Baltimore St. project may rev up in '08

November 04, 2007|By BOB MAGINNIS

"There's been enough talk, there've been enough studies. Now it's time to implement something."

The speaker? Thomas "Rocky" Wade, a consultant hired by the City of Hagerstown to implement a good idea drawn up by the Greater Hagerstown Committee's Urban Renewal Forum. The time? June 2003.

GHC's brainstorm: Encourage people with disposable income to become homeowners in downtown Hagerstown.

Doing that would mean fixing up existing properties or finding some space to build new ones.

The developers told GHC they didn't want to do redevelopment piecemeal. They wanted a block or an entire neighborhood to work on.

With Wade's help, the city set up the Hagerstown Neighborhood Development Partnership.

In January 2005, HNDP bought three acres on Baltimore Street that was then home to the Massey Ford Body Shop. The following month, Richard W. Phoebus Sr., president of HNDP, said work on 30 town homes there could start in the next 12 to 18 months.


But then the housing market began to flounder. The body shop has since closed, an old home on the property is heading toward tumble-down status and no ground has been broken.

That could change by next spring, when Orchard Development of Ellicott City, Md., should begin demolition work, according to Sharon Disque, HNDP's executive director.

It can't happen sooner for a couple of reasons, Disque said.

The first is that the developer is changing the plans, to keep prices in the $200,000-plus range.

Instead of townhouses that are 20 feet wide, the planned width of each is being reduced to 16 feet, Disque said.

That will make it possible to put 66 units on the three-acre site and increase the amount of green space by 12 percent, Disque said.

As planned now, the town houses will be three-story homes, with a one-car garage and optional den on the first floor, she said. On the second floor will be a kitchen, a combination livingroom/dining room and a half-bath.

The third floor will have two bedrooms and two bathrooms.

When I note that all that stair-climbing probably wouldn't attract retirees, Disque said that wasn't ever the target market.

Disque said the developer looked at similar units in the Hyattsville, Md. Arts District and in the Fells Point section of Baltimore, then got an architect to come up with similar designs.

However, since the plan is being changed, it will have to go at least some portions of the approval process again.

"They've already gone in for a preliminary meeting and in a month or so they should submit a new plan," Disque said.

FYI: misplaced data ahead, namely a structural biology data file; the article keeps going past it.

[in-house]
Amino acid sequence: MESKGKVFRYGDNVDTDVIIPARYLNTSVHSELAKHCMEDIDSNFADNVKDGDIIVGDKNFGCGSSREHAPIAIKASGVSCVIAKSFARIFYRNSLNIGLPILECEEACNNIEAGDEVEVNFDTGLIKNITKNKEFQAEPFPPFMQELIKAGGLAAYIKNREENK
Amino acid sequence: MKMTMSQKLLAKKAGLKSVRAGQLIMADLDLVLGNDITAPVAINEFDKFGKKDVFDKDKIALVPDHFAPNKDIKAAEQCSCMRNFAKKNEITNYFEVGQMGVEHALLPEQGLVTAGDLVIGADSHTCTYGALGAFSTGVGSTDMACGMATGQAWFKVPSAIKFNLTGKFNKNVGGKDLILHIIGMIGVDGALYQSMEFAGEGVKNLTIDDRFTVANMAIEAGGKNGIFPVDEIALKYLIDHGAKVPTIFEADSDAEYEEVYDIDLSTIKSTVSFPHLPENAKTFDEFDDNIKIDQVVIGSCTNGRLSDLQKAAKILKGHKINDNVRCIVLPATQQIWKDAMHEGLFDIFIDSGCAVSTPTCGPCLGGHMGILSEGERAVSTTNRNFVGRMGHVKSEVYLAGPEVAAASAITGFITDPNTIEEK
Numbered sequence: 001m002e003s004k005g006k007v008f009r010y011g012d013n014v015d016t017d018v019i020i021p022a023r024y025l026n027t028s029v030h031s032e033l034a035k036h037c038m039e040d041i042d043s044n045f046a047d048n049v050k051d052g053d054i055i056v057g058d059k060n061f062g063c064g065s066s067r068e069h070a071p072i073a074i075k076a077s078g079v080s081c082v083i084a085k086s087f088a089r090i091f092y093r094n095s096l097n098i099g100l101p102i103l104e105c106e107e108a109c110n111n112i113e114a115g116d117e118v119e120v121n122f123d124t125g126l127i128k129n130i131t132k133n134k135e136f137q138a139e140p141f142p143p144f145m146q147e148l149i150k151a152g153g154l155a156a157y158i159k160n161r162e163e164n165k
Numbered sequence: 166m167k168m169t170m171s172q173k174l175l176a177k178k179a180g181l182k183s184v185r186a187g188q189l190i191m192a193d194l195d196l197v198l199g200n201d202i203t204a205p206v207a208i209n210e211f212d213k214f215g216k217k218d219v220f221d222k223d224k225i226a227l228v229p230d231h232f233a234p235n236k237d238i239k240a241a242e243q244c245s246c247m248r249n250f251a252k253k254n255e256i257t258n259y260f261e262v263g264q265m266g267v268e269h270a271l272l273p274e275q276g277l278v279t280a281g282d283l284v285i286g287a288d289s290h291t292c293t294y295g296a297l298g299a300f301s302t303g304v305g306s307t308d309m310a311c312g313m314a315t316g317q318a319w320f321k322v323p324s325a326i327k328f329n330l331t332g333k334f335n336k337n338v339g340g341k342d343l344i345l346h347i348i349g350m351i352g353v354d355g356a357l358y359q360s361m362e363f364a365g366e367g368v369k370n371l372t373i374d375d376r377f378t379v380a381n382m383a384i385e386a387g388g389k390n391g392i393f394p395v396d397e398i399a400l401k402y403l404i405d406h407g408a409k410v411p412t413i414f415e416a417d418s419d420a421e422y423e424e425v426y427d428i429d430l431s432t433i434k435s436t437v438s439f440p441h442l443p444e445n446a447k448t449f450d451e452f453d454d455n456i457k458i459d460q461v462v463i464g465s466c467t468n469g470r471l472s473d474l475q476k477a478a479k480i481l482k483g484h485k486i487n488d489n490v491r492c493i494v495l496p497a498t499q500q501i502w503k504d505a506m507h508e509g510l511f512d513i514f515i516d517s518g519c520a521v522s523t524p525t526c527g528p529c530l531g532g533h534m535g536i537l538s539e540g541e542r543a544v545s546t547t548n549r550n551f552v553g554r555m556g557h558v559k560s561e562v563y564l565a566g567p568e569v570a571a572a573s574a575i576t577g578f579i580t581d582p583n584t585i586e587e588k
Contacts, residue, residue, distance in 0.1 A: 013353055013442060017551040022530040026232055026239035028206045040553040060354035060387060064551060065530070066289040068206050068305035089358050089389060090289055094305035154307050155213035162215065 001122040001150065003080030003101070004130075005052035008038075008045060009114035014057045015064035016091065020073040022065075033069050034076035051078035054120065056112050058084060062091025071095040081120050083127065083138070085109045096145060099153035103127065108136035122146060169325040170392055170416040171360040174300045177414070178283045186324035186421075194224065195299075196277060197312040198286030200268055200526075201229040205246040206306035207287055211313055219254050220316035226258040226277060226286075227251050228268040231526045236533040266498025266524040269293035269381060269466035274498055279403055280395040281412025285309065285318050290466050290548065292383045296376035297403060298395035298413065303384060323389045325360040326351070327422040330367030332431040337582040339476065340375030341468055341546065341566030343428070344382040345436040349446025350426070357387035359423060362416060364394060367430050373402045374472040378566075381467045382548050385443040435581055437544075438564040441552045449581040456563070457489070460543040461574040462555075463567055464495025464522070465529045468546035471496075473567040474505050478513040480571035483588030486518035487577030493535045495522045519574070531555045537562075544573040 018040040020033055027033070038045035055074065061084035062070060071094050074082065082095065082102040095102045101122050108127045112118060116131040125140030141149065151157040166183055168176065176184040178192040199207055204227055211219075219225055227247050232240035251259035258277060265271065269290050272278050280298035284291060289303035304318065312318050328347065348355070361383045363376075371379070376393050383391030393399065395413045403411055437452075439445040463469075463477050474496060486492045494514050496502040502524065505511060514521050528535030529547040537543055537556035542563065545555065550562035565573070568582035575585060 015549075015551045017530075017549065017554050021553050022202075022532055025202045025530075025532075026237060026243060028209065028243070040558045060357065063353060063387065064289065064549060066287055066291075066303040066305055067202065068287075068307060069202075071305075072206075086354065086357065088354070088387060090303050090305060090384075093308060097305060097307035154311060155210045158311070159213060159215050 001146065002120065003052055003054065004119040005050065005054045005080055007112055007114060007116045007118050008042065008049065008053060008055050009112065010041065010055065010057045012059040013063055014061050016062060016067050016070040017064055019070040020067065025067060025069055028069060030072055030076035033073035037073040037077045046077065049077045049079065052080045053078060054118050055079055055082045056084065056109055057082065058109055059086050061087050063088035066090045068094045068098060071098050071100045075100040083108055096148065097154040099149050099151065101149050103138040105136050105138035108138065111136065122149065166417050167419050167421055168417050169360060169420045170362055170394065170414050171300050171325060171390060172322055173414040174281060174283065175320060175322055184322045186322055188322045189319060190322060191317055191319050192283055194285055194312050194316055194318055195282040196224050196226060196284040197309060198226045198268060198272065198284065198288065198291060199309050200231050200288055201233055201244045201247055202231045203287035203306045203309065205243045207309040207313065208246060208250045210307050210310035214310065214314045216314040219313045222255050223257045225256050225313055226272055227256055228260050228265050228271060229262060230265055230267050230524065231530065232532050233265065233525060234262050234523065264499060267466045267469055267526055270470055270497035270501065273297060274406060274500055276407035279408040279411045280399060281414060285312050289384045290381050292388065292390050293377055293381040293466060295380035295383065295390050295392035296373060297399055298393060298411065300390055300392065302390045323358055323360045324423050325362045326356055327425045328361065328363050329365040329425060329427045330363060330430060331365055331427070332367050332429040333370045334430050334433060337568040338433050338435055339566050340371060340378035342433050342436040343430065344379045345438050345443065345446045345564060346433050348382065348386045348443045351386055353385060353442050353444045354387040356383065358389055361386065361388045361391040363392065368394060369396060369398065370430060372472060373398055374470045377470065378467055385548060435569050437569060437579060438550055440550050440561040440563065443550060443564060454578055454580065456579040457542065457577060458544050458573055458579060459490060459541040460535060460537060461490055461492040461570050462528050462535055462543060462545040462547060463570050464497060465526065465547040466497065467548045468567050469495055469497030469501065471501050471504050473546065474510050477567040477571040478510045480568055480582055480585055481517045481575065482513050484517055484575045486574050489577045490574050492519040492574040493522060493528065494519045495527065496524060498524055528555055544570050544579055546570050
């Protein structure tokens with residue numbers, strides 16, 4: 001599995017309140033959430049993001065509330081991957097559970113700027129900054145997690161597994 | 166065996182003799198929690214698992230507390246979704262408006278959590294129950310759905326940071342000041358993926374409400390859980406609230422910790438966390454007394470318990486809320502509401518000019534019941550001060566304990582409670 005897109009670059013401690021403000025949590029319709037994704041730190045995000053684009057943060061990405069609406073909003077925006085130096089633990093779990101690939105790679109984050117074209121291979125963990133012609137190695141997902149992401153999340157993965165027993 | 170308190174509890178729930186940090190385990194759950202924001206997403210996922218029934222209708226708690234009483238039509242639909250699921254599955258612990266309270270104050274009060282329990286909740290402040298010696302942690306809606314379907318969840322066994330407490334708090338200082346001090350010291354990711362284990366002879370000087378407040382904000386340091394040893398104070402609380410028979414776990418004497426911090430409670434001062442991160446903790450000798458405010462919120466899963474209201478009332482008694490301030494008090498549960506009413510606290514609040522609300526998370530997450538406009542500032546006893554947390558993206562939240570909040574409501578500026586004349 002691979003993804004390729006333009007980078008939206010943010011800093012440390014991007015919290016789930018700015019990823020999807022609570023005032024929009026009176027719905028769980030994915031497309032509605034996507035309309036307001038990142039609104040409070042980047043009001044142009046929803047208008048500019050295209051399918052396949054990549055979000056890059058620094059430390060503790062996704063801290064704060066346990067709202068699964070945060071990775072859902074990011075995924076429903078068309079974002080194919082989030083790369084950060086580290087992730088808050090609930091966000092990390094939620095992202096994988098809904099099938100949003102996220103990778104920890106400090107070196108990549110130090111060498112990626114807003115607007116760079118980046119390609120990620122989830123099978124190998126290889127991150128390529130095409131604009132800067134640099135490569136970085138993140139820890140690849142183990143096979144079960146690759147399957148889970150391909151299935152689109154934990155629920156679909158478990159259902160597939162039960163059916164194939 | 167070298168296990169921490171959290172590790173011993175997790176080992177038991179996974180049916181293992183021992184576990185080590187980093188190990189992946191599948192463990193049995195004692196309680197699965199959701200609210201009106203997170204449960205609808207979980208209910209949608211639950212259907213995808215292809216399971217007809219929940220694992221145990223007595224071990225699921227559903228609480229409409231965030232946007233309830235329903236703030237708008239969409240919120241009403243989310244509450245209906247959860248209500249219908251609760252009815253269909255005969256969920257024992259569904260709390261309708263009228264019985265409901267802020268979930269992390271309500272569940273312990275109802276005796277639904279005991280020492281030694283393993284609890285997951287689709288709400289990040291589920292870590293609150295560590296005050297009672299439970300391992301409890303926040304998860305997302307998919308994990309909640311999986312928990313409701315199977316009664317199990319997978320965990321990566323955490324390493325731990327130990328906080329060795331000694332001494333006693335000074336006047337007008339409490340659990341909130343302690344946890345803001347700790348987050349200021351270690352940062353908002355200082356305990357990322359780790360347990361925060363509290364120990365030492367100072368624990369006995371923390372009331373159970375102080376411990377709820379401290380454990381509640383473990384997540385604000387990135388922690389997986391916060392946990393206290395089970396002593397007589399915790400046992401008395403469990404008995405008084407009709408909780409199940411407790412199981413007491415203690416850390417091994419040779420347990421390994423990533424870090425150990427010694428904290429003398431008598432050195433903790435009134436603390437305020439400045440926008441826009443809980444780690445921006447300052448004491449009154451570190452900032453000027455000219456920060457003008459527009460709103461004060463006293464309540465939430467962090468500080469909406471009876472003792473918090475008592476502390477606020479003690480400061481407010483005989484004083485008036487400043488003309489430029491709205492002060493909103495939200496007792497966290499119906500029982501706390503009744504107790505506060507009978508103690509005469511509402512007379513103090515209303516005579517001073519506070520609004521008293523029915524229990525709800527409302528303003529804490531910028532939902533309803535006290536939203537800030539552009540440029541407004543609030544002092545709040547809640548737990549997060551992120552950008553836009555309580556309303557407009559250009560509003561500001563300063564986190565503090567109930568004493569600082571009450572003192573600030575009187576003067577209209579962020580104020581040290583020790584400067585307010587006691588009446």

L. Scott Armiger, the vice president of Orchard Development, couldn't be reached for comment on Friday.

Phoebus said Thursday he was confident the project would go forward because Orchard had made "a significant cash investment in the deal. The developer has convinced us that they're committed."

Phoebus said that even though the project has been slow in getting started because of a downturn in the housing market, he believes it has already made a difference in the neighborhood.

"I believe because of our announcement some time ago, the old school house (once the Antietam Street School) has been turned into condominiums. People saw that the neighborhood was being redeveloped."

If Phoebus is correct, then the pace of renovation should increase when the project - to be called Potomac Square - gets under way.

We have to hope so. The city has seen a lot of recent interest from developers and operators of new businesses. To support these, downtown needs residents with some disposable income, as opposed to those who are living month to month with no extra cash for entertainment or gift-shop goods.

Property owners have an attachment to their dwellings that rented don't have. I know; I lived in three different apartments in the city before buying a home near Smithsburg.

When renters find that there are problems in the neighborhood - noise, drug dealing or worse - they start counting the months left to go on the lease.

When homeowners encounter the same thing, they raise heck about it, if only because they've got an investment to protect.

When Wade talked to me in 2003, neither of us believed it would take four years to get this project going. But nobody was betting on a housing slump back then, either. Let's hope that the next column on this subject I write will be to announce the groundbreaking for Potomac Square.

Bob Maginnis is

editorial page editor of

The Herald-Mail newspapers.

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